The great coal debate of 2020: Is the industry going the way of the dodo?
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It is the debate that has found itself taking centre stage once again — should Australia build more coal-fired power plants?
Proponents have argued that building new plants across the country will keep jobs in regional Australia and keep power prices down. After all, if China is also building new coal power plants, then Australia isn’t the only country still investing in coal.
However, the Institute for Energy Economics and Financial Analysis (IEEFA) says that using China as the benchmark for new coal investments ignores the fact that its current coal generation of 1,100 gigawatts is running at less than half capacity on average.
IEEFA director of energy finance studies Tim Buckley noted the construction boom from building new coal-fired plants is aimed at driving much needed growth as a short-term economic stimulus.
“That many of the newly built power stations are left unused, or running at less than 50 per cent capacity, is a good indication that this isn’t about a thirst for coal,” he explained.
“The Chinese government needs to provide lots of energy for its population, but the economic stimulus that flows from building all those new power plants doesn’t hurt either.”
Buckley added that China was also accelerating its construction of renewable energy generation and could abandon more of its coal assets as renewables became cheaper.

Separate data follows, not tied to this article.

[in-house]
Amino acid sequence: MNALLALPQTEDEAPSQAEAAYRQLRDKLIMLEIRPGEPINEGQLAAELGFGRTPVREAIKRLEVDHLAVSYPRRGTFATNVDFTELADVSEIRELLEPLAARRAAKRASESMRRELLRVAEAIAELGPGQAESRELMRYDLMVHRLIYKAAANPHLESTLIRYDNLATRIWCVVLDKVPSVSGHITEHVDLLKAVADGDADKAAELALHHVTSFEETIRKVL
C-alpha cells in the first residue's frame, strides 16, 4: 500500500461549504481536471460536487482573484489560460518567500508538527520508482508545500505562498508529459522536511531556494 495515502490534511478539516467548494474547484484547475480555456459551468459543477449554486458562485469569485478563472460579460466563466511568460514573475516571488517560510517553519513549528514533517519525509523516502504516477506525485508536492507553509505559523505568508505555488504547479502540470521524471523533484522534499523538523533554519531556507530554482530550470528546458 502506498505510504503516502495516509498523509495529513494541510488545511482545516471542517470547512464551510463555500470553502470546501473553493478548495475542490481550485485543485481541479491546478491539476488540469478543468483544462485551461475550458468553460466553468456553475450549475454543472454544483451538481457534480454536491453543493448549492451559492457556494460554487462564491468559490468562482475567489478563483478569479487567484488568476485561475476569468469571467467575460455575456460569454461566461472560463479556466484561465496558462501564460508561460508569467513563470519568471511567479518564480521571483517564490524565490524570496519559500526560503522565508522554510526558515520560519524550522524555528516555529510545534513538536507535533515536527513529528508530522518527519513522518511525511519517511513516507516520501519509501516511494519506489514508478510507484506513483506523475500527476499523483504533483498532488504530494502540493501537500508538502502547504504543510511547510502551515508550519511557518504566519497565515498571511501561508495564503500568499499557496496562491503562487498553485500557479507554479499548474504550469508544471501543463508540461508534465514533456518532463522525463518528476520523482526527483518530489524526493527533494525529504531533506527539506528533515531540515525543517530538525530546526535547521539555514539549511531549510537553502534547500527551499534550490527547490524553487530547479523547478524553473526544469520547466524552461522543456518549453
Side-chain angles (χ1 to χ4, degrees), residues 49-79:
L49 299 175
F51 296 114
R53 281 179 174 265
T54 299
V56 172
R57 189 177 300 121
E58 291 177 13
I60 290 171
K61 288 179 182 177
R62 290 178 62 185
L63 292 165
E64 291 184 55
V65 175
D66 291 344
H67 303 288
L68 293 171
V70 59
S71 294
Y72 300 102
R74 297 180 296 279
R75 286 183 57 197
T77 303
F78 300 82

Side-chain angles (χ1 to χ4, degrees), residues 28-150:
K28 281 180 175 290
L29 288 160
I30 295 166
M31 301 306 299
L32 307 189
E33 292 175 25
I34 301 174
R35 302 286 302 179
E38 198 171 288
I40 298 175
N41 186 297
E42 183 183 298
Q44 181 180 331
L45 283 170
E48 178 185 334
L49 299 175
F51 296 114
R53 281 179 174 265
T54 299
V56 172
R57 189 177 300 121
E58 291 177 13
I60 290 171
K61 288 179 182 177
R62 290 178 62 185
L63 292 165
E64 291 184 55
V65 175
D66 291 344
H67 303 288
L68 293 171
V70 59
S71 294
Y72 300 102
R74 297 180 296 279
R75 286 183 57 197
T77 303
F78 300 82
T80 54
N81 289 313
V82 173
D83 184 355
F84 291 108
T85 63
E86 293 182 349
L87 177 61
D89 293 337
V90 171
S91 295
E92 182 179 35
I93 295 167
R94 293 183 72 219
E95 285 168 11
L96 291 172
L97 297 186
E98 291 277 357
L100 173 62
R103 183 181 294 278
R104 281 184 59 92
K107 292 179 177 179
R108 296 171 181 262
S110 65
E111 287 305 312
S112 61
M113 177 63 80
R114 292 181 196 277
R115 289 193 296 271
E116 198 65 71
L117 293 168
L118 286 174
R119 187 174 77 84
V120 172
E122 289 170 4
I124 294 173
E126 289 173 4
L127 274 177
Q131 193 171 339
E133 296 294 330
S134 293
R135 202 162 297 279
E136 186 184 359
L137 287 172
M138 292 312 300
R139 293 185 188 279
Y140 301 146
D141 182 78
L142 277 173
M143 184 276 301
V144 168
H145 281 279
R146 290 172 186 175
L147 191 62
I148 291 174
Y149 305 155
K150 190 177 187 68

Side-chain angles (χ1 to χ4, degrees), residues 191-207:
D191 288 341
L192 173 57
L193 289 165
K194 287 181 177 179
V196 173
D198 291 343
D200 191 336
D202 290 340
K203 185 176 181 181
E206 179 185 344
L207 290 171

“I do not believe it is in Australia’s interest to keep investing in a product that is now technologically and economically challenged,” he said.
“We’ve seen the price of thermal coal drop 40 per cent in the last two years, so everything is far from rosy and positive from the thermal coal industry’s perspective in Australia.”
So what does it mean for Australian coal and the players in it?
The Reserve Bank of Australia noted in September 2019 that the changing outlook for coal prices had been weighing on producers’ investment decisions to expand capacity.
Additionally, it has become harder to secure funds as banks become increasingly reluctant to finance coal developments.
A notable example of this reluctance is Goldman Sachs, the world’s largest Investment bank, ruling out any future investments for thermal coal mines or power stations globally.
While this brings into question the future of Australian coal, there may be a surprising lifeline for the industry.
Australian chief scientist Dr Alan Finkel is a proponent of using coal and natural gas to produce hydrogen as a shortcut towards establishing a hydrocarbon industry in the country.
While using fossil fuels to produce hydrogen will still produce carbon dioxide in the process, it is a lot easier to capture these emissions from the hydrogen gas stream efficiently compared to trying to do so at the end user.
“I know some may be sceptical, because carbon capture and permanent storage has not been commercially viable in the electricity generation industry,” Finkel said in a speech to the National Press Club.
“But the process for hydrogen production is significantly more cost-effective for two crucial reasons.
“First, since carbon dioxide is left behind as a residual part of the hydrogen production process, there is no additional step, and little added cost, for its extraction. And second, because the process operates at much higher pressure, the extraction of the carbon dioxide is more energy efficient and it is easier to store.”